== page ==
Armenia’s liquidity has further improved. Short-term debt represents slightly more than 20% of current account receipts and foreign exchange reserves cover more than four months of imports. Armenia relies on Russia as its main destination for exports and source of remittances, which represents more than 20% of current account earnings. Hence, foreign exchange pressures have further eased with the improvement of Russia’s GDP growth outlook. Even if, according to the IMF World Economic Outlook (October 2016), the current account deficit is expected to increase slightly next year from the 2.5% of GDP expected in 2016 to 3% of GDP, it remains relatively low compared to the 7.6% posted in 2014.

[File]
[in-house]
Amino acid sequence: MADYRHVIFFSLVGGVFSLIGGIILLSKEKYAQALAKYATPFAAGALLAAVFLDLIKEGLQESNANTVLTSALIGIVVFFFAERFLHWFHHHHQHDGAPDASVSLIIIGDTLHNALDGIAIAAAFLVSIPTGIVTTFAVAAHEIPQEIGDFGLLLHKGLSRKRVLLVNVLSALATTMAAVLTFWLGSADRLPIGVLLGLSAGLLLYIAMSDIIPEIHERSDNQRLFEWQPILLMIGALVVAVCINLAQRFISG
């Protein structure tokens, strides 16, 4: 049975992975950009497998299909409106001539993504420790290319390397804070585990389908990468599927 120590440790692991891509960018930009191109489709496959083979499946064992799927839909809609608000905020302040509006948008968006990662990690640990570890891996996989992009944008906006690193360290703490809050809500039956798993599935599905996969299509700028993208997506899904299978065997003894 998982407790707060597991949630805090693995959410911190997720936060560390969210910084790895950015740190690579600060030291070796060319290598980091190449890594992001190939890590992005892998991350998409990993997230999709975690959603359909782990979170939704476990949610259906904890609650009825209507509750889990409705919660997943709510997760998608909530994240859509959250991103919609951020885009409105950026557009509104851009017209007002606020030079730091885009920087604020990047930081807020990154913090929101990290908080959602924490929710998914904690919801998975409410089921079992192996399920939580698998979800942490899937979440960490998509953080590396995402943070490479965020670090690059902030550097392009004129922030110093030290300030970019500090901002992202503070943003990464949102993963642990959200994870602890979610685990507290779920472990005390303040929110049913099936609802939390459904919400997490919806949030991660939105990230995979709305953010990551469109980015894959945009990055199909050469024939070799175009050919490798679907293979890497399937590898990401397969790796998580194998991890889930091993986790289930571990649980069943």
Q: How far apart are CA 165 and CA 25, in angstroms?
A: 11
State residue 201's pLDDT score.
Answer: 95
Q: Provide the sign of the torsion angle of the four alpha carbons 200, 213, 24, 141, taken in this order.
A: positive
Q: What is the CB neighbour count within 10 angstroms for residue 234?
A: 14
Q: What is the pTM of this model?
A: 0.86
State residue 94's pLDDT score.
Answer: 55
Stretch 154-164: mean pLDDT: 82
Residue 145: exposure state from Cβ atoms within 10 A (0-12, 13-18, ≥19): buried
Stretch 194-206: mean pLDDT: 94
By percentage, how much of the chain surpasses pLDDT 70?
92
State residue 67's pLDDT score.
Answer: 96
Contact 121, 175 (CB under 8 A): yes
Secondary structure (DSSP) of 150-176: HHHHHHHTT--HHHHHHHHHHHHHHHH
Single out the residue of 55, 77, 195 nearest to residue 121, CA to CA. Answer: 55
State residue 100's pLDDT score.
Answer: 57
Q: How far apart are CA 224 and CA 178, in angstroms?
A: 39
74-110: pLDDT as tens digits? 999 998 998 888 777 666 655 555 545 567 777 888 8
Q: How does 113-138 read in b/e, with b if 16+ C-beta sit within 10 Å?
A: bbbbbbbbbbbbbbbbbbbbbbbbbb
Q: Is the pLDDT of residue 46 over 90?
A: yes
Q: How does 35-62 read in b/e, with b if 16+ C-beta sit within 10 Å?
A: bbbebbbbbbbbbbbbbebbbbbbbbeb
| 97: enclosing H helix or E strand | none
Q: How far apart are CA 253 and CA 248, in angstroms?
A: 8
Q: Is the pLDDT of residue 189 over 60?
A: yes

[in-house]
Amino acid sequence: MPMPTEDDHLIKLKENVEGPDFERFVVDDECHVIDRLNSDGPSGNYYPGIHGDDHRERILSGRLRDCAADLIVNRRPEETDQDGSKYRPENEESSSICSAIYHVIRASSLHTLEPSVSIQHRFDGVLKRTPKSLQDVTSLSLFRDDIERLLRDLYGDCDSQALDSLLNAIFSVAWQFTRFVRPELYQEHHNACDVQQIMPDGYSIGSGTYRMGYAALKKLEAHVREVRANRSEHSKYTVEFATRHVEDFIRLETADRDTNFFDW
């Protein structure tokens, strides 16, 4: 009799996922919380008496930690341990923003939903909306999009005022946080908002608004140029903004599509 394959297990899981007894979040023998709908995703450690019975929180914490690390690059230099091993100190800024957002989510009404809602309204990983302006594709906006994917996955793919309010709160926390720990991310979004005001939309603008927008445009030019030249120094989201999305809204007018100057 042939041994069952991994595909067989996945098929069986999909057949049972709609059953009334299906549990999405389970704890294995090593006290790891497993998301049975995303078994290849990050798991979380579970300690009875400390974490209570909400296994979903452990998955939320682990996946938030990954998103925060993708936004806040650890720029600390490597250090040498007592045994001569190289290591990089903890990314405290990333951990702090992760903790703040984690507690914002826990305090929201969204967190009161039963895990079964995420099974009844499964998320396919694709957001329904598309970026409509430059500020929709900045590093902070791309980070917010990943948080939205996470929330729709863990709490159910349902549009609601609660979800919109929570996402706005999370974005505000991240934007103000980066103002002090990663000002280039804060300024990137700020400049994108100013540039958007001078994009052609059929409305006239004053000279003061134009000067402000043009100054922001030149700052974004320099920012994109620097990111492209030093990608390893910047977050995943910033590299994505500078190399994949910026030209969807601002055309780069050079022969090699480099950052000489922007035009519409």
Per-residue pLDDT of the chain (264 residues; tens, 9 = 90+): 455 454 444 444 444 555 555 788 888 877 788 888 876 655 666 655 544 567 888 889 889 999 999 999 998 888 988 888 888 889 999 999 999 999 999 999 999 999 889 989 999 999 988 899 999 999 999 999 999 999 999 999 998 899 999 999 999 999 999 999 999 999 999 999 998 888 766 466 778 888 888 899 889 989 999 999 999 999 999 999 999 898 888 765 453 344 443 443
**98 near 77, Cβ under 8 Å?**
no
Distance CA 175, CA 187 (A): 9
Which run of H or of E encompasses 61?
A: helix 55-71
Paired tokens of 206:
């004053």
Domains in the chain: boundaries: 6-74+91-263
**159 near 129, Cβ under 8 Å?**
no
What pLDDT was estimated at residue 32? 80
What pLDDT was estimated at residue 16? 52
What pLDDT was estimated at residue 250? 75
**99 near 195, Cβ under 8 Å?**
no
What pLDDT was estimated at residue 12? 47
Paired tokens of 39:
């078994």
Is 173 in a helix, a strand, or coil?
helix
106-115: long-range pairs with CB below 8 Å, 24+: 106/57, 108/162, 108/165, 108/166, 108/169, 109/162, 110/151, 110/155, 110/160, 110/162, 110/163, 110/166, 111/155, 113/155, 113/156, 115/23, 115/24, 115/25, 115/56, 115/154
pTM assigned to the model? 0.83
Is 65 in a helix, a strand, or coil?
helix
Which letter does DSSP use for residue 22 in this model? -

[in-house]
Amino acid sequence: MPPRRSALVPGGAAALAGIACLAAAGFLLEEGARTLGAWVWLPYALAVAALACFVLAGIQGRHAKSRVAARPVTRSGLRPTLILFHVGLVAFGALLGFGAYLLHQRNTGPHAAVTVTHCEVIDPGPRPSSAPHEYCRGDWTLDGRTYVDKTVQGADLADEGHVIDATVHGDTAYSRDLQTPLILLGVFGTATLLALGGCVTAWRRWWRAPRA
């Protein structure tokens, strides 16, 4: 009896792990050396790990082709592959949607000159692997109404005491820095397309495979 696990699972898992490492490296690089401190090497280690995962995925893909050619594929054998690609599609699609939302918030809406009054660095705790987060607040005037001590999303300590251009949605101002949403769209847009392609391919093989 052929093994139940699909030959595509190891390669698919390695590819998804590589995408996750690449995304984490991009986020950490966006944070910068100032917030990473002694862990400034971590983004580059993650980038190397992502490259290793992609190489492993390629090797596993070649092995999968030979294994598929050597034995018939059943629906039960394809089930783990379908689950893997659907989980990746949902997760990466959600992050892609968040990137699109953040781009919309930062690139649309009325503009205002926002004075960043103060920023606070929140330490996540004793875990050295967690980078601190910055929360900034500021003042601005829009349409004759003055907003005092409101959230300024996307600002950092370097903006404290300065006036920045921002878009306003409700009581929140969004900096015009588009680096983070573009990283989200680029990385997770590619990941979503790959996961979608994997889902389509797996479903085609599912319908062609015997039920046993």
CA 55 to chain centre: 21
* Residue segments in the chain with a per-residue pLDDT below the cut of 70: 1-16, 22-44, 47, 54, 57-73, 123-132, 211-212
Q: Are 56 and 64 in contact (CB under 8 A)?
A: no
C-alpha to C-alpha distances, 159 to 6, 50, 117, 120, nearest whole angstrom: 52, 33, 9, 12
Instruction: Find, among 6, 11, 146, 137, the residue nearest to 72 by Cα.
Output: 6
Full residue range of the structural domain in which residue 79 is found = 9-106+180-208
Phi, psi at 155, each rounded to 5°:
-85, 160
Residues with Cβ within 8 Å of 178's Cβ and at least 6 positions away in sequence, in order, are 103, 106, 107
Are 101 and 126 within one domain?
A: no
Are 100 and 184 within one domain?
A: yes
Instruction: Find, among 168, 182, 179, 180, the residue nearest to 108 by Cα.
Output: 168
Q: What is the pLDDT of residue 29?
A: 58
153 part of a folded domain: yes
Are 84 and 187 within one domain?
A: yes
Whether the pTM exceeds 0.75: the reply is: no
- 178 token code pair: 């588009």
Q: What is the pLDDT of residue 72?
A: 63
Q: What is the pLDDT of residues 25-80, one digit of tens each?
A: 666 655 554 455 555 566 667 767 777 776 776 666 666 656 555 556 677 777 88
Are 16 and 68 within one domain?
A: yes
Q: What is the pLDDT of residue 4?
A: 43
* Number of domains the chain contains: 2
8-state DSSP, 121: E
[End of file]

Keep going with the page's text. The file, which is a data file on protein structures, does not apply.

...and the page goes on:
04 Mar 2021
Armenia: Mounting political tensions following Nagorno-Karabakh ceasefire agreement
Event For weeks, anti-government protests have been calling for Prime Minister Nikol Pashinyan to resign. The army also asked for his resignation, a ...